English Australians: Exile to the Lucky Country

By Mark Connolly

In the late 18th century, English Australians were made up of the exiled – people transported largely for petty crime or debt to what eventually became their ‘lucky country’. As ‘prisons’ go they were very fortunate. The consequences of their arrival for Australia’s aboriginal population was a different matter. One of the world’s most ancient continuous peoples – they did experience a form of imprisonment but that is far beyond the scope of this article which focuses on how modern Australia came to be.

English Australians began arriving as prisoners and soldiers in January 1788. They didn’t name the country, the origin of that – the Latin australis – lies in the fabled land described by Ptolemy in the 2nd century. They weren’t even the first Europeans. The Dutch made it here over a hundred years earlier, but – much like their Spanish and Portuguese peers who were beginning to explore North America – they lacked the technology to make little more than brief forays into a harsh climate and land judged too difficult for cultivation.

Hand-coloured copper engraving Maris Pacifici by Abraham Ortelius, Antwerp, Latin text 1595

That all changed with Captain James Cook’s exploration of the ‘Great South Land‘, beginning with what became New South Wales. It was obvious to Cook from the start that this was prime farming land but old attitudes die hard and it was decided to establish a penal colony. Prisoners could no longer be sent to what was now the United States, so Australia made the perfect place to transport the occupants of the country’s bulging prisons.

The term convict can be loosely applied here, for the vast majority petty crime brought on by debt and poverty were the primary reasons for being shipped off. The South of England and London in particular were experiencing an acute crisis in petty crime, so if you are among the one in five Australians whose ancestors were ‘convicts’, they likely came from in-and-around London, or places like Devon and Cornwall.

The reason for that is rather simple. The rural economy began to die as the industrial revolution sucked Britain’s people into major cities. There were too many people chasing too few jobs which depressed wages, leading to desperate measures for survival. People were forced to steal or starve and with prison ships overwhelmed, deportation was the easiest solution.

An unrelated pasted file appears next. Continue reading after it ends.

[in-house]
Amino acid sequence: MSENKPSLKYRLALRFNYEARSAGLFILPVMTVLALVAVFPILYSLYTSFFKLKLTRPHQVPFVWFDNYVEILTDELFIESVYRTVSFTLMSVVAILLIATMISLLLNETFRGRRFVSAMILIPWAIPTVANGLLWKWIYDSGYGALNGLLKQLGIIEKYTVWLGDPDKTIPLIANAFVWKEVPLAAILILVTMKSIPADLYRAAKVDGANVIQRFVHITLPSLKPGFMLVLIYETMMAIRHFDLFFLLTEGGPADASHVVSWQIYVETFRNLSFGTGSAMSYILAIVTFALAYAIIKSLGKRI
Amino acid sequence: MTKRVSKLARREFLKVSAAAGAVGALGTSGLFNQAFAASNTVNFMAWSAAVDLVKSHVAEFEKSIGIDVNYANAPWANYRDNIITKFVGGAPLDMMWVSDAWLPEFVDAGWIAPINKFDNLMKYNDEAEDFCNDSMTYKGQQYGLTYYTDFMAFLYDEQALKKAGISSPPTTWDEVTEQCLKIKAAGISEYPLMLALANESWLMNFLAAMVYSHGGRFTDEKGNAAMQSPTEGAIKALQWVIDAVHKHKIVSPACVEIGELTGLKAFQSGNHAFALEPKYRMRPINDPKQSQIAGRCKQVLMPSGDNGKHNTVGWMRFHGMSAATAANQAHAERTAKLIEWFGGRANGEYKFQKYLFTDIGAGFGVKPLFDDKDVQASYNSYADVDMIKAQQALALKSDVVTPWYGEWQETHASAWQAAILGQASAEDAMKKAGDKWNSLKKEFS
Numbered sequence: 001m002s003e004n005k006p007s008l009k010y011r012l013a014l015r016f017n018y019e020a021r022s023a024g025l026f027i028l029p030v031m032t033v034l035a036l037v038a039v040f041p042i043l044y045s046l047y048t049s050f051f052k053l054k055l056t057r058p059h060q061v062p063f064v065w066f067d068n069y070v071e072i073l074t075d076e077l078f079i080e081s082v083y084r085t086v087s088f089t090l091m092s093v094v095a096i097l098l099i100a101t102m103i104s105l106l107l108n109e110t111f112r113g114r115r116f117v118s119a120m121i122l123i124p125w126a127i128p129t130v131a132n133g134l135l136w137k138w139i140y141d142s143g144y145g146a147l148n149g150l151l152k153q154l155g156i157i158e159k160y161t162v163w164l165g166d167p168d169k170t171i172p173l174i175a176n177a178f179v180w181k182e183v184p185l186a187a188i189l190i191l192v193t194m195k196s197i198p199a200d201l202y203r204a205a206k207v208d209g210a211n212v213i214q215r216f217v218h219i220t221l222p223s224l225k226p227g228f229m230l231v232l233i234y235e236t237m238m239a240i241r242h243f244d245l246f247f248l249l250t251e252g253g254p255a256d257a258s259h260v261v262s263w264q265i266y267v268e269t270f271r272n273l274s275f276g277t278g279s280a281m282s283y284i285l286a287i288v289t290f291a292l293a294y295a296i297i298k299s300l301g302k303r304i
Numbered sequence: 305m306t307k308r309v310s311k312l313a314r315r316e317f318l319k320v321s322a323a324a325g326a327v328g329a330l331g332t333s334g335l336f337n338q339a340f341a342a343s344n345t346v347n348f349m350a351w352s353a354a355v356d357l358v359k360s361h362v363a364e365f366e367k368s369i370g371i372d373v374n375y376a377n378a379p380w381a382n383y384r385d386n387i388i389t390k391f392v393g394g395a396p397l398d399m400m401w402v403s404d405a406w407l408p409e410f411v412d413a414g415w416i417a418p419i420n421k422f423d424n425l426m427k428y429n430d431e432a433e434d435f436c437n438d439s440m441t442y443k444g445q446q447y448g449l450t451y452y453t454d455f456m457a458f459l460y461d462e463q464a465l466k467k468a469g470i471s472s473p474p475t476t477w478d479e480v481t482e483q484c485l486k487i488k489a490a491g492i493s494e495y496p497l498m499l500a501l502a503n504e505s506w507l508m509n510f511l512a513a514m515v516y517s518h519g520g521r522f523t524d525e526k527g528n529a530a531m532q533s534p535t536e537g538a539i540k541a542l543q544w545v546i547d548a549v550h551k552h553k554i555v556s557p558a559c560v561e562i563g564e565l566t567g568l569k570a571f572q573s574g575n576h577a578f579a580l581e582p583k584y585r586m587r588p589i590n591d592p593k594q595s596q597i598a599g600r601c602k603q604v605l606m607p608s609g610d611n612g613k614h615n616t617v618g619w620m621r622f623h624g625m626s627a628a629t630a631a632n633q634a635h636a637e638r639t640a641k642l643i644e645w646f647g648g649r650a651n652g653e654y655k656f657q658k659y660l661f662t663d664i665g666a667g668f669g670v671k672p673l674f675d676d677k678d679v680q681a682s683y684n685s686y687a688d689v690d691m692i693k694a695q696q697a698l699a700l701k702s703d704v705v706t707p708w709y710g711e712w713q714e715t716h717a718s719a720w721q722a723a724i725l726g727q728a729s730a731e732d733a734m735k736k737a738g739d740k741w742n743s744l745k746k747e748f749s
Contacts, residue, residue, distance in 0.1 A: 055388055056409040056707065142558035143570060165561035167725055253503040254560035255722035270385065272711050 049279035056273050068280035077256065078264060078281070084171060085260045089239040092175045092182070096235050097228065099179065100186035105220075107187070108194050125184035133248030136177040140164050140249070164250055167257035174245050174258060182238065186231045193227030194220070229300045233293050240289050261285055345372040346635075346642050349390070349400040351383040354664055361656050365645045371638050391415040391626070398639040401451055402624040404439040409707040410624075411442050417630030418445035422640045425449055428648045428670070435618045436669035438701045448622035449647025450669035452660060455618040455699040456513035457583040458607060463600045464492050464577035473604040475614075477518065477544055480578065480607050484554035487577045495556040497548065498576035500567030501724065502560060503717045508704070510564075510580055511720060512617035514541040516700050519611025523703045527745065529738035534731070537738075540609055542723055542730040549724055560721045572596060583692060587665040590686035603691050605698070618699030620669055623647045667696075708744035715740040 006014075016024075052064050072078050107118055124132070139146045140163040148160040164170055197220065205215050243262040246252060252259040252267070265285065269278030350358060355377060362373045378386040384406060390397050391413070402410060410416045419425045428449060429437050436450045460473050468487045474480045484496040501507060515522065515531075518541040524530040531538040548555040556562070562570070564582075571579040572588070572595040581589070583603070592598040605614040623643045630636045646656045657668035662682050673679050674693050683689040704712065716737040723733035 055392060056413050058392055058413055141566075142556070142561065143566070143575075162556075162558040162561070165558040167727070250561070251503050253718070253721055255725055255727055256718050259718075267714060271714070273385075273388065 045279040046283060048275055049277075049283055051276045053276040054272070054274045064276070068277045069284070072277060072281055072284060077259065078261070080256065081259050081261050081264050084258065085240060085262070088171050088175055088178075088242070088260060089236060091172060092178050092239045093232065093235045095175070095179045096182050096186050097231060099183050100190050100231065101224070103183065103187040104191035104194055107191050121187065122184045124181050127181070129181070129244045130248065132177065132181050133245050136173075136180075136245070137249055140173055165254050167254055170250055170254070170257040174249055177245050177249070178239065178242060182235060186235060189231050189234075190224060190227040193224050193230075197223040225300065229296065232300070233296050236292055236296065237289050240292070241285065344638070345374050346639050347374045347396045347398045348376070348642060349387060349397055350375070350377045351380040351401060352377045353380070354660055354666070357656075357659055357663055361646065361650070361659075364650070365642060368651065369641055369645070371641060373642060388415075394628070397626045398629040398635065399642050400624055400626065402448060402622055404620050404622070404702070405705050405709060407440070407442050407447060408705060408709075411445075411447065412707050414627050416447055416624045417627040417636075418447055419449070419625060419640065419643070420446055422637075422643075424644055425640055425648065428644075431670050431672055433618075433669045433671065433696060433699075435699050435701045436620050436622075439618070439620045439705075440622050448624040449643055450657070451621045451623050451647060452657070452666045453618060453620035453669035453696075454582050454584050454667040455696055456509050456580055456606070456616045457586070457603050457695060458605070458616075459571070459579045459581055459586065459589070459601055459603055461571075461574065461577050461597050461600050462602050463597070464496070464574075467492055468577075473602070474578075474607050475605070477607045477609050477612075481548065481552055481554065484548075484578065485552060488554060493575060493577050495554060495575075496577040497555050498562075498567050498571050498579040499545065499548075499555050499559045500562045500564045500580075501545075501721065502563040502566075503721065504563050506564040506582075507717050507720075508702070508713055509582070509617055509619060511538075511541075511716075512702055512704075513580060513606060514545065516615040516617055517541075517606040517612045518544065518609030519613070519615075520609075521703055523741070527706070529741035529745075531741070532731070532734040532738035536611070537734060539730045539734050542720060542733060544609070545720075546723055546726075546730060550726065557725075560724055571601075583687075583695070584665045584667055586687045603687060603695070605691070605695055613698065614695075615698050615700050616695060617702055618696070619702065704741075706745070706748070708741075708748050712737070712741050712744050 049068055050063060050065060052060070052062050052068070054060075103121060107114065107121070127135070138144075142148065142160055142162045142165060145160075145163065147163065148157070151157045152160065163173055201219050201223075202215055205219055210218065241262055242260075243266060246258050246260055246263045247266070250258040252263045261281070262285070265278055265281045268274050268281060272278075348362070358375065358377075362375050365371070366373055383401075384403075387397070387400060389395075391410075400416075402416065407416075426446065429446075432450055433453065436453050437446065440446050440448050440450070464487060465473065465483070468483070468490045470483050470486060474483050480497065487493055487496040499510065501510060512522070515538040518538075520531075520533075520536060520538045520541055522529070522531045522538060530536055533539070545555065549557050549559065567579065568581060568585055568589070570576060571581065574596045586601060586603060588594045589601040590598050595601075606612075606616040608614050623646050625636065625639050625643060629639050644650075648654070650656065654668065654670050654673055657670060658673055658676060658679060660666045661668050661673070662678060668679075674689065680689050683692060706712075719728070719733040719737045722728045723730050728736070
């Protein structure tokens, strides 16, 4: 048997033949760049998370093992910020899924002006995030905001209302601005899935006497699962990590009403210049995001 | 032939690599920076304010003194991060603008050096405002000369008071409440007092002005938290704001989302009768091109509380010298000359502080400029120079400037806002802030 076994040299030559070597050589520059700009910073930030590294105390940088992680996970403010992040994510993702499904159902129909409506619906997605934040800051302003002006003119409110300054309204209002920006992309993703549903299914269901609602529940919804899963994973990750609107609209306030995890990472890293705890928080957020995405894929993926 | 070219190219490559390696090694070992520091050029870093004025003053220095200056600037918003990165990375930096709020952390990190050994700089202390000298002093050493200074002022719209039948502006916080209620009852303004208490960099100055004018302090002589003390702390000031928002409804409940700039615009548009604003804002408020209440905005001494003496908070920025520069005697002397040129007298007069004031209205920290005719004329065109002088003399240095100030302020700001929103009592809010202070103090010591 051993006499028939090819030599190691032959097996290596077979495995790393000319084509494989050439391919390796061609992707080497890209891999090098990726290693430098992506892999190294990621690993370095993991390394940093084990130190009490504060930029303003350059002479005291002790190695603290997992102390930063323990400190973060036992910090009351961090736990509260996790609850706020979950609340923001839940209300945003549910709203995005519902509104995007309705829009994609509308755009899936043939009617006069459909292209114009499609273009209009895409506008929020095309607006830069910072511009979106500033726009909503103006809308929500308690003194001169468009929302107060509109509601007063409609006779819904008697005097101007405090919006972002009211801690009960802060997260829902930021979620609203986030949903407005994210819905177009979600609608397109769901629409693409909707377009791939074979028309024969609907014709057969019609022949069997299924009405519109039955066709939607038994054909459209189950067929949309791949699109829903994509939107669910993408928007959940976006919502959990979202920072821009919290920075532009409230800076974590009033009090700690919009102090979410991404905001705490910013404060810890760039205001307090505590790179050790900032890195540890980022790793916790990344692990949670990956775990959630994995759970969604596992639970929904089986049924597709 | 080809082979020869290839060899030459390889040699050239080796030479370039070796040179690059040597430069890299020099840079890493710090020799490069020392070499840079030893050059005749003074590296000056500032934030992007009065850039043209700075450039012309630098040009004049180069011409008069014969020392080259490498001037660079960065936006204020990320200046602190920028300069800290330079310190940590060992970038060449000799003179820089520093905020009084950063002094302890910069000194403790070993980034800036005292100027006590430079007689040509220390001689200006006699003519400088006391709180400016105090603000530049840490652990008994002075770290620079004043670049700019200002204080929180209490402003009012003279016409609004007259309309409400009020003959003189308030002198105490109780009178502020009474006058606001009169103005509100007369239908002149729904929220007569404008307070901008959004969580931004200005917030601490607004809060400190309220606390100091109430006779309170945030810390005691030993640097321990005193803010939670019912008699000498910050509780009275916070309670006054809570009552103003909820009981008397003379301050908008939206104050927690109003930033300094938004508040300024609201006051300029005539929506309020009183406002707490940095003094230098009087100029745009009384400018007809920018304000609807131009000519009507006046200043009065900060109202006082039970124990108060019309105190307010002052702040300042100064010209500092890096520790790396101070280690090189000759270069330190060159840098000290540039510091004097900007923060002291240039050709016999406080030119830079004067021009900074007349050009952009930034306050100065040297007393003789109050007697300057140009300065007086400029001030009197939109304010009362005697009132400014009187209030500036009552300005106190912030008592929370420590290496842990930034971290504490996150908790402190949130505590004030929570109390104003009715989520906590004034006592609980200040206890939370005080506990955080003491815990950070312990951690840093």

Over 80 years, an estimated 160,000 people – mainly southern English and native Catholic Irish – were deported. Sydney, was followed by Hobart and Brisbane as the prime penal colonies. When their sentences were complete, many convicts headed to Melbourne or the free settler colony of South Australia. Perth was also founded as a free city, but it struggled for decades due to the difficulty of land cultivation. That only began to change in the 1850s when thousands of convicts were transported to help transform the settlement’s infrastructure.

In 1847, the New South Wales census recorded 57,349 people born in England, 47,547 born in Ireland and 14,406 born in Scotland. At this time the census included parts of Queensland and all of what would become Victoria in 1851.

Many others from across the world have come since, from the gold rushes which offered hope to those suffering from famine, discrimination or inescapable hardship, to modern day changes in the immigration system.

By 2016 – the most recent available census- the population self identified as English 25.0%, Australian 23.3%, Irish 7.6%, Scottish 6.4% and Chinese 3.9%.

Australia’s defining feature is that it came to see itself as the lucky country, often because so few of its earliest old world occupants had much luck back home. Together a land was built that for all its successes is still stained by two hundred years of selective exclusion; something Australians will need to continue addressing, if the future is to be as kind as the past.

Mark Connolly Founder and owner of myorigins.co.uk